Add major luxury to your bathroom with a whirlpool. A tub's not overly difficult to install, but it is a fairly time consuming project. Before you begin, find out what type of tub you have and whether it needs to be framed.
Some whirlpool tubs or spas have a finished side or two, so framing and finishing the side panel are not required. Rectangular models install much like a standard tub, except that a GFCI electrical receptacle is required. Triangular whirlpools fit into a corner. If the whirlpool has an integral spout, follow the manufacturer's instructions for running supply lines to the unit.
Large whirlpools are heavy when filled with water, so you may need to strengthen the floor by adding joists. Check the whirlpool's instructions and local codes. Ideally, it's best to lay flooring after the tub is framed and installed but before any tiling is done.
A whirlpool needs an extra access panel to reach the electric pump. A 2x4 frame is covered with backerboard, then tiled. The whirlpool's flange rests on tile, but the tub's weight must be supported by a mortar bed.
Set aside two or three days to frame, install, and tile a whirlpool tub. Before you start you'll need to measure the space carefully, taking into account the framing, backerboard, and tile thickness.
Build a frame following manufacturer's directions. It's especially important to get the height right. You may snug the whirlpool up against one, two, or three walls. Where you snug the tub against the wall, attach a 2x4 ledger as you would for a standard tub. Where you will install tiles, plan the framing carefully, taking into account the thickness of the backerboard and tile. Most whirlpools require access to the plumbing at one end and the pump motor at the other end; check the manufacturer's directions.
Cut strips of cement backerboard to fit where needed on top of the framing. Backerboard pieces should overhang the framing by 1/2 inch. You also can cut the side backerboard pieces, but don't install them yet. Attach the backerboard using special backerboard screws.
Cut several spacers 1/8 inch thicker than the tiles you will install. (For 1/4-inch-thick tiles, cut pieces of 3/8-inch plywood.) Set the spacers on top of the backerboard wherever there will be tile. Set the whirlpool in place and see that it fits. Be sure the bottom of the tub is at the correct depth so it will rest on the mortar bed.
Check to make sure the drain trap is positioned at the correct height so the whirlpool waste-and-overflow unit will slide into it. Plan how you will make this connection, either from the basement or crawlspace below or through the access panel.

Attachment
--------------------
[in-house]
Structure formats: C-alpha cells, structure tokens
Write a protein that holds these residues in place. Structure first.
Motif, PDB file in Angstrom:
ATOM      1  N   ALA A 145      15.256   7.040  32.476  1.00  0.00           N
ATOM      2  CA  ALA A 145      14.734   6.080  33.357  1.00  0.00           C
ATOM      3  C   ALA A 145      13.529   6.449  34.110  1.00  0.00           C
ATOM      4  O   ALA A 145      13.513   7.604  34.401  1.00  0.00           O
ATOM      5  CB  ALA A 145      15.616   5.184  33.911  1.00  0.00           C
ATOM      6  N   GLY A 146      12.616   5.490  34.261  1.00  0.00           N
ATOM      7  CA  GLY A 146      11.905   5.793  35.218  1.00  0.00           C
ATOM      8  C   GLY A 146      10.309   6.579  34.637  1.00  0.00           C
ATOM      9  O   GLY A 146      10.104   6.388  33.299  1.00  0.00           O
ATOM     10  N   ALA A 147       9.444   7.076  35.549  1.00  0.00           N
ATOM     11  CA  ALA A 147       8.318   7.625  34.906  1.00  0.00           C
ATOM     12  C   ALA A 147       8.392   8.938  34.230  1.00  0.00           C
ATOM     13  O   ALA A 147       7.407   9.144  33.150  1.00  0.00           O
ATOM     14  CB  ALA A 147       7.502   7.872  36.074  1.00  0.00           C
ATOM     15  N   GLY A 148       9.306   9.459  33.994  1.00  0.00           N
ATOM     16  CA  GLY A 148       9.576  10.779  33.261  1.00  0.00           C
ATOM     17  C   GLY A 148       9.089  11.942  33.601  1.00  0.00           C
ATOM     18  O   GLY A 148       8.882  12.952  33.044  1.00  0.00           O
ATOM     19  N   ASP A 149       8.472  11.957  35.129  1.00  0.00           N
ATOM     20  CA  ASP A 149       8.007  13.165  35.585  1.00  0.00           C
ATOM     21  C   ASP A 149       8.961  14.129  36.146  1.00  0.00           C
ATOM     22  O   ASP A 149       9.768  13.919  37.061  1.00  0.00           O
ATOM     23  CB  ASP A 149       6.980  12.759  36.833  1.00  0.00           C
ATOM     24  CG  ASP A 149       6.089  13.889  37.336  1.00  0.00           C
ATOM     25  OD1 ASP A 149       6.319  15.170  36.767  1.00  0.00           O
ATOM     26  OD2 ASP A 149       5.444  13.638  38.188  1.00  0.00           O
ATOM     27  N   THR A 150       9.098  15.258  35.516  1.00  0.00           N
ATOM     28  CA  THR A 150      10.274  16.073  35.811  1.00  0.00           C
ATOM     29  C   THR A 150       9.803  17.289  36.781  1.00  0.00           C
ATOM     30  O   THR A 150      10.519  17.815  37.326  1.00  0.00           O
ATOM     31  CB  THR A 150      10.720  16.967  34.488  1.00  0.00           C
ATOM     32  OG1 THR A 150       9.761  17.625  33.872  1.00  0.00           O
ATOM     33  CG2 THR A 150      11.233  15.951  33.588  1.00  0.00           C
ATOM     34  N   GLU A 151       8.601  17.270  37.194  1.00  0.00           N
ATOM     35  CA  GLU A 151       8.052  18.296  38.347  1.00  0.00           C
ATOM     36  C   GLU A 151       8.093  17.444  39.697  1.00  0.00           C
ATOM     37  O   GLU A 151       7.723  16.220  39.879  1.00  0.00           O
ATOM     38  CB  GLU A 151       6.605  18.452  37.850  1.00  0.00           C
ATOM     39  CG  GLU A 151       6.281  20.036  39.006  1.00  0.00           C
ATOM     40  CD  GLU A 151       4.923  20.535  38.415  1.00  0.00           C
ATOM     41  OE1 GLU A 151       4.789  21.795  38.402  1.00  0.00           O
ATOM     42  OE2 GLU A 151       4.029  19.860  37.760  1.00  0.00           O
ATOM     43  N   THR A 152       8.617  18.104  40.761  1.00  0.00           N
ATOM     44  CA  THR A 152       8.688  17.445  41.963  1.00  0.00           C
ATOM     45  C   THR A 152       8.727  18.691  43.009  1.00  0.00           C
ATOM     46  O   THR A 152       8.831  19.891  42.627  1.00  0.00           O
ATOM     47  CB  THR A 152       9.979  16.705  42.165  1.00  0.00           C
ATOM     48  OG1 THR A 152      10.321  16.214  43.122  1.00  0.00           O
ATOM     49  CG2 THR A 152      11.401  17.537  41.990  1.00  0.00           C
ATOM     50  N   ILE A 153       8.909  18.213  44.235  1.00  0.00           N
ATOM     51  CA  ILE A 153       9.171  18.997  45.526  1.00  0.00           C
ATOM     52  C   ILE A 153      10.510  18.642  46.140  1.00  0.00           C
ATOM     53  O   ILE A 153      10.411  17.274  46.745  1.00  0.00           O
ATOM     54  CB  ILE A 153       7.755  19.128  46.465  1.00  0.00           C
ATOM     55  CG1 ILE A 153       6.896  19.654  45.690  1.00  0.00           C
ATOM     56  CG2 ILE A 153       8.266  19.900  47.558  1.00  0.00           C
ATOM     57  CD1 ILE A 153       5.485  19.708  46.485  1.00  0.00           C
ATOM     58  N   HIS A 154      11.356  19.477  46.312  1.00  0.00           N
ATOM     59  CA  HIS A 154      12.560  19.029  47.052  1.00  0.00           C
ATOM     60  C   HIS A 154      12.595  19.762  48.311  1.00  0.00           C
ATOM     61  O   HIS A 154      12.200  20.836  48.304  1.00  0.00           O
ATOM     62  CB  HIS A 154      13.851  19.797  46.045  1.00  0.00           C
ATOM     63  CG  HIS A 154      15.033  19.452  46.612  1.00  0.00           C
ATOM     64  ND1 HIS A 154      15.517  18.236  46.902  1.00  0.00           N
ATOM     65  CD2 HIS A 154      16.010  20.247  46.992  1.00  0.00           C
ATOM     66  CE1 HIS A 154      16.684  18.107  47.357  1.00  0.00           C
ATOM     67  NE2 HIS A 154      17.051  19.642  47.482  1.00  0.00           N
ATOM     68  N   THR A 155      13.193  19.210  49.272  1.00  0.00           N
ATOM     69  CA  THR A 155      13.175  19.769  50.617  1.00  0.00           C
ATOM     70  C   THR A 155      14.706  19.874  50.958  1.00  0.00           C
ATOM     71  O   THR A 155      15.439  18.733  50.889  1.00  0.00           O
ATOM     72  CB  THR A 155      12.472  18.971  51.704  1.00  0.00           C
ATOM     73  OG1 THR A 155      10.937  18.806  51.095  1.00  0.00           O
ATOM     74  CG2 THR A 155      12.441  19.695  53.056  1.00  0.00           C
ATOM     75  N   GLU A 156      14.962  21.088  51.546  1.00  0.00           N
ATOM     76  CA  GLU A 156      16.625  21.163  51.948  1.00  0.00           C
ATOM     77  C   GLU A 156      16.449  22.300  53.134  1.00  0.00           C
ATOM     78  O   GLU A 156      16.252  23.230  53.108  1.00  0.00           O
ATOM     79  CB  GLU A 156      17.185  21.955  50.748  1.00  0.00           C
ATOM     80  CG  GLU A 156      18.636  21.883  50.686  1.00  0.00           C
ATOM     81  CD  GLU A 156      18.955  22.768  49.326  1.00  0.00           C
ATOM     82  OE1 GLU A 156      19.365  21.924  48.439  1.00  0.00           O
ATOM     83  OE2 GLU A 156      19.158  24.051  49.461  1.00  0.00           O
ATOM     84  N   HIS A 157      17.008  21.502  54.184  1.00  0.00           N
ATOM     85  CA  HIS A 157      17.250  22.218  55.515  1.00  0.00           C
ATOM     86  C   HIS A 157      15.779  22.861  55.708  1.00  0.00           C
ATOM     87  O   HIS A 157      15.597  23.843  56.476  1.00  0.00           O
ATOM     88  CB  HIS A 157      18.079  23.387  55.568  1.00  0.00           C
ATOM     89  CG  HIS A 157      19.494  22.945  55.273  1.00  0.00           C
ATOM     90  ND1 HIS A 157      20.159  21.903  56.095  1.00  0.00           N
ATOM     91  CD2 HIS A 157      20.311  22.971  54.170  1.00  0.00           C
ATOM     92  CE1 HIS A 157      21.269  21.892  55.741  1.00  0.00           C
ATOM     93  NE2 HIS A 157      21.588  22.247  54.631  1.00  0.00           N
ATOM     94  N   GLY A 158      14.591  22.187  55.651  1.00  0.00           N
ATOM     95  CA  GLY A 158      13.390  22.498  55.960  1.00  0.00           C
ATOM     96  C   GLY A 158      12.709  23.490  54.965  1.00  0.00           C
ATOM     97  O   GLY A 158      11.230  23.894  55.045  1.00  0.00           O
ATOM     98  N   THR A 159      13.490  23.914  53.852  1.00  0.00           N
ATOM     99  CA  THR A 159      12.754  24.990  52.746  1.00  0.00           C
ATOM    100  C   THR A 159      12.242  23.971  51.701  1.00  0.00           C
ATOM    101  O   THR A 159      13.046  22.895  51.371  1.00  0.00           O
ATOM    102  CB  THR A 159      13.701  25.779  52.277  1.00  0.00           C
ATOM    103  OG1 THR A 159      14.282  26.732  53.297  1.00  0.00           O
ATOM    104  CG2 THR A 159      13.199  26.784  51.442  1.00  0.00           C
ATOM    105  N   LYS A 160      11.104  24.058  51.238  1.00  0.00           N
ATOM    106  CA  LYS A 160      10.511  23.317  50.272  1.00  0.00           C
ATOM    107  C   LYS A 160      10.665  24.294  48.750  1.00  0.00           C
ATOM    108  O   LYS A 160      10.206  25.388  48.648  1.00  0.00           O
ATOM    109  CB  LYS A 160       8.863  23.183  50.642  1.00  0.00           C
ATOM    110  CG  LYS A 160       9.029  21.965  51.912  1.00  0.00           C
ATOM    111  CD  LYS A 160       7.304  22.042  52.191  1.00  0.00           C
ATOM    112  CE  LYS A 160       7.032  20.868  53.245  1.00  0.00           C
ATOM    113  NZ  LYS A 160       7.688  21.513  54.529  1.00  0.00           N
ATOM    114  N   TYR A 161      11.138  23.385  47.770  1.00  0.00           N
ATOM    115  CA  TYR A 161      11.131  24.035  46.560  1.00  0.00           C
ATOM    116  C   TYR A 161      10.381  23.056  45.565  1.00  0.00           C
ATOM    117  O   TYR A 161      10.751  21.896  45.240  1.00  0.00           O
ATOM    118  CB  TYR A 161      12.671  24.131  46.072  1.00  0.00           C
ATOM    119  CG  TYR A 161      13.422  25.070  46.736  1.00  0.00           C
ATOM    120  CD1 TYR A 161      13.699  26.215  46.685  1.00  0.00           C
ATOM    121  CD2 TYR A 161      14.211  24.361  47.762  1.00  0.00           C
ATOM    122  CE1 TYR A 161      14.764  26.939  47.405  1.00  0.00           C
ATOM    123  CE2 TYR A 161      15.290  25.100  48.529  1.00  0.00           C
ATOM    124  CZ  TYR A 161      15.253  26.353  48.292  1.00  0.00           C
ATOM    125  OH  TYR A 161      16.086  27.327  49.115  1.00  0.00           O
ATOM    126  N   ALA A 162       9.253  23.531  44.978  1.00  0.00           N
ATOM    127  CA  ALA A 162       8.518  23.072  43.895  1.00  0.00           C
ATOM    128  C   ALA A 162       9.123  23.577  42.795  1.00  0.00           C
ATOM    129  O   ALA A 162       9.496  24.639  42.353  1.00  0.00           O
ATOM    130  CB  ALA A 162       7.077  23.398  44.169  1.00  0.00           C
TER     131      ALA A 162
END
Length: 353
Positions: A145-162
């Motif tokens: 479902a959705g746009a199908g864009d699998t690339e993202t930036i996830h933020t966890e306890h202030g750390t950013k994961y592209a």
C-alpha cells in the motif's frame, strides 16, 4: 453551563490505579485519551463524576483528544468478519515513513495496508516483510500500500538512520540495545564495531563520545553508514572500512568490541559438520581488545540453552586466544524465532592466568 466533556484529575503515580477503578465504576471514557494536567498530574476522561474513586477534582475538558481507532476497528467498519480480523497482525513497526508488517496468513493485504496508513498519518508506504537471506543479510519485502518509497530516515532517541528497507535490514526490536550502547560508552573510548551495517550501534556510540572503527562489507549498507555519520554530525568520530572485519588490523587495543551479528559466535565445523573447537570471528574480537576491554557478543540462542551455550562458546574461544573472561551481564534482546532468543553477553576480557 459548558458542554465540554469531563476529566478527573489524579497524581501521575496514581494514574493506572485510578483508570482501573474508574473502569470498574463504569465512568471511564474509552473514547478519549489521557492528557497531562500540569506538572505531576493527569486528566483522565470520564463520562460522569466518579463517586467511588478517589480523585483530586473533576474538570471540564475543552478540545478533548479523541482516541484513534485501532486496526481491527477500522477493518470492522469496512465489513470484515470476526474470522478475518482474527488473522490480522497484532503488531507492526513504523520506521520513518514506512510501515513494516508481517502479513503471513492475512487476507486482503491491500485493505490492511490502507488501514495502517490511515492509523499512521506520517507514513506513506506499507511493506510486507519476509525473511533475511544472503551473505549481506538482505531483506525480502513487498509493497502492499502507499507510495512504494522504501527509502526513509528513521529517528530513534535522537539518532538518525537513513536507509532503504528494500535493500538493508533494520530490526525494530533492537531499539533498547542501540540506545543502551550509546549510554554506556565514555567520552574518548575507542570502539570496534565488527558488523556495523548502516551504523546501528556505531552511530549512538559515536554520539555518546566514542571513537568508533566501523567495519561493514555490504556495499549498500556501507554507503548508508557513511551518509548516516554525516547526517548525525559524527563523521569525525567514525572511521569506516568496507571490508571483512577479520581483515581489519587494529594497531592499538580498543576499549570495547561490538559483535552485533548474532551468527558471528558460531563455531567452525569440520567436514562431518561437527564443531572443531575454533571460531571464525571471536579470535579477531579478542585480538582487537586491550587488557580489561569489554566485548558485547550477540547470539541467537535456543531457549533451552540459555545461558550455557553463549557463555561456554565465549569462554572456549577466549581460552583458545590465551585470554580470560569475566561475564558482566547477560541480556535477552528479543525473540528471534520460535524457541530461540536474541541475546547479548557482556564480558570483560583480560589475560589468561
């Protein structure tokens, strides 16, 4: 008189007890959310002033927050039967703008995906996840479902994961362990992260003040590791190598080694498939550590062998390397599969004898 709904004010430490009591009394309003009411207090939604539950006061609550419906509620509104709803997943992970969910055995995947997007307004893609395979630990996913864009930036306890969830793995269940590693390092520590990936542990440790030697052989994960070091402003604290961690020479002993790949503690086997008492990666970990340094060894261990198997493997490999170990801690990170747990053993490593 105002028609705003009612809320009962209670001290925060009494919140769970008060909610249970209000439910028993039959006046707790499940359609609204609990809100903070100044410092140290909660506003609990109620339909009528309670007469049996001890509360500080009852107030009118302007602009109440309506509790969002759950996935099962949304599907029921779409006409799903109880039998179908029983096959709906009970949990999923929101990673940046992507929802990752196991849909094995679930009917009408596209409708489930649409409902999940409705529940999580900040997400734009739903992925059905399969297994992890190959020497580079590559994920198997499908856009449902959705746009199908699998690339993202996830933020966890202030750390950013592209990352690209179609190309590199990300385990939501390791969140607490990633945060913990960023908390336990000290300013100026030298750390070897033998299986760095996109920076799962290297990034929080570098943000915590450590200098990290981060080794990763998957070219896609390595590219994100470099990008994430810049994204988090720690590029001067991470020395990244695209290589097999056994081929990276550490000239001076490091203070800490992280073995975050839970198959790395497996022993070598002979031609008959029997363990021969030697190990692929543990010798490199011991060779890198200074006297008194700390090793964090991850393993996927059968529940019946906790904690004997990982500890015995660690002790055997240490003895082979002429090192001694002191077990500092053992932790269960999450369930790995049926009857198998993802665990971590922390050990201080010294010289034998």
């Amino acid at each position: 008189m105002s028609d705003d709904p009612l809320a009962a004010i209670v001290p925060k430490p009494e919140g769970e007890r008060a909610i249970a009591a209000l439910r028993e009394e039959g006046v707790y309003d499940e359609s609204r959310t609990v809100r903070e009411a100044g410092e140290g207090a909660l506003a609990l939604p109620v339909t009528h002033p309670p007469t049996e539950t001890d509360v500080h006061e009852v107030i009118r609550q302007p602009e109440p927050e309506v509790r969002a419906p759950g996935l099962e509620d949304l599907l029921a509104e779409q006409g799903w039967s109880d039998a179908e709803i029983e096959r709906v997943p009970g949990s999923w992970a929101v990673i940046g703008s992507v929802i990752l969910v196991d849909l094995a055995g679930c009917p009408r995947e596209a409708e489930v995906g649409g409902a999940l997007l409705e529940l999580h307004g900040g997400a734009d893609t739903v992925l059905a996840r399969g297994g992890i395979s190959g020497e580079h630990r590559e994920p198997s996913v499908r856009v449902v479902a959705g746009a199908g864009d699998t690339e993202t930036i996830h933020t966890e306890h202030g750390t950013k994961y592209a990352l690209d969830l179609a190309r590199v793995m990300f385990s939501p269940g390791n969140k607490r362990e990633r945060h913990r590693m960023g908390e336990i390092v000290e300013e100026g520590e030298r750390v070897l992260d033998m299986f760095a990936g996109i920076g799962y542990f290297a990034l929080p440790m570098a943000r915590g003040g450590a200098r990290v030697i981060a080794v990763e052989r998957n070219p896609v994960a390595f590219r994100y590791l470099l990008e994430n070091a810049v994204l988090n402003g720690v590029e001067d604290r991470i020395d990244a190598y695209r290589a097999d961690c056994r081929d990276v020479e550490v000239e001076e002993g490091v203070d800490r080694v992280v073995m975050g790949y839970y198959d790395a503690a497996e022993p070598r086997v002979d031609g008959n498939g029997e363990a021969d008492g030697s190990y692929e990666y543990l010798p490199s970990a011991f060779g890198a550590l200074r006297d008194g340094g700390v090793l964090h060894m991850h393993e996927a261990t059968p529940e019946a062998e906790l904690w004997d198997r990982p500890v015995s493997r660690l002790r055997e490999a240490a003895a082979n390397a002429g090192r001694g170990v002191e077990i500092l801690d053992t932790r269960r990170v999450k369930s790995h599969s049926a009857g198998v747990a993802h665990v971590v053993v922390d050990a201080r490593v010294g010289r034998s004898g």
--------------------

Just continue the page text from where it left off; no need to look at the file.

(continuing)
Assemble the waste-and-overflow unit. Some whirlpools come with a waste-and-overflow; if not, you'll have to purchase a standard unit and add an extension. Insert the shoe (cut to length if necessary) into the tee fitting.
Set the tub on two overturned buckets. Install the overflow by slipping in the plunger assembly, tightening the screws on the cover plate, and screwing the drain flange into the shoe. Tighten the nuts on the drain extension.
Test-fit the whirlpool to see that the waste-and-overflow unit will slip into the drain trap. Remove the whirlpool. Screw 2x2s to the floor around the drain hole to keep mortar out of the hole. In a bucket or wheelbarrow, mix water with dry mortar mix. The mortar should be just wet enough to be poured. Smooth enough mortar onto the floor to support the bottom of the whirlpool.
Place spacers on the backerboard atop the side-panel frame. With a helper, gently set the tub in place. Guide the waste-and-overflow into the drain trap but do not tighten the connection. Push down on the tub until the lip rests on the spacers, but do not press hard. Allow the mortar to harden overnight.
Connect the waste-and-overflow to the drain and tighten the fittings. Support the pump motor with pieces of lumber and attach it in place with screws. Plug the cord into the GFCI receptacle. Follow the manufacturer's instructions for testing the whirlpool.
Install cement backerboard on all exposed sides. Drive backerboard screws every 6 inches or so. Wrap corners with fiberglass mesh tape.
Apply thinset mortar using a notched trowel and set standard tiles on the side. When tiling the top edge, use bullnose caps for the outside corner for a finished look. After the thinset has dried, apply grout and clean the joints. Caulk the joint where the whirlpool rests on the tiles.
Once the wall is finished, remove the temporary nipple at the showerhead location. Wrap pipe-thread tape around the ends of the shower arm and screw it into place. Slip on the flange. Twist on the showerhead. Protect chrome with tape before tightening the showerhead with an adjustable wrench and groove-joint pliers.
Following manufacturer's instructions, slide the escutcheon over the faucet and screw it into place. It should seal against the tiles with a rubber gasket. Attach the faucet handle.
Apply caulk around the spout hole. Choose a nipple of proper length for the spout and wrap pipe-thread tape around the threads on both ends. Thread the spout on by hand. Finish by wrapping the spout with a rag and tightening it with groove-joint pliers.
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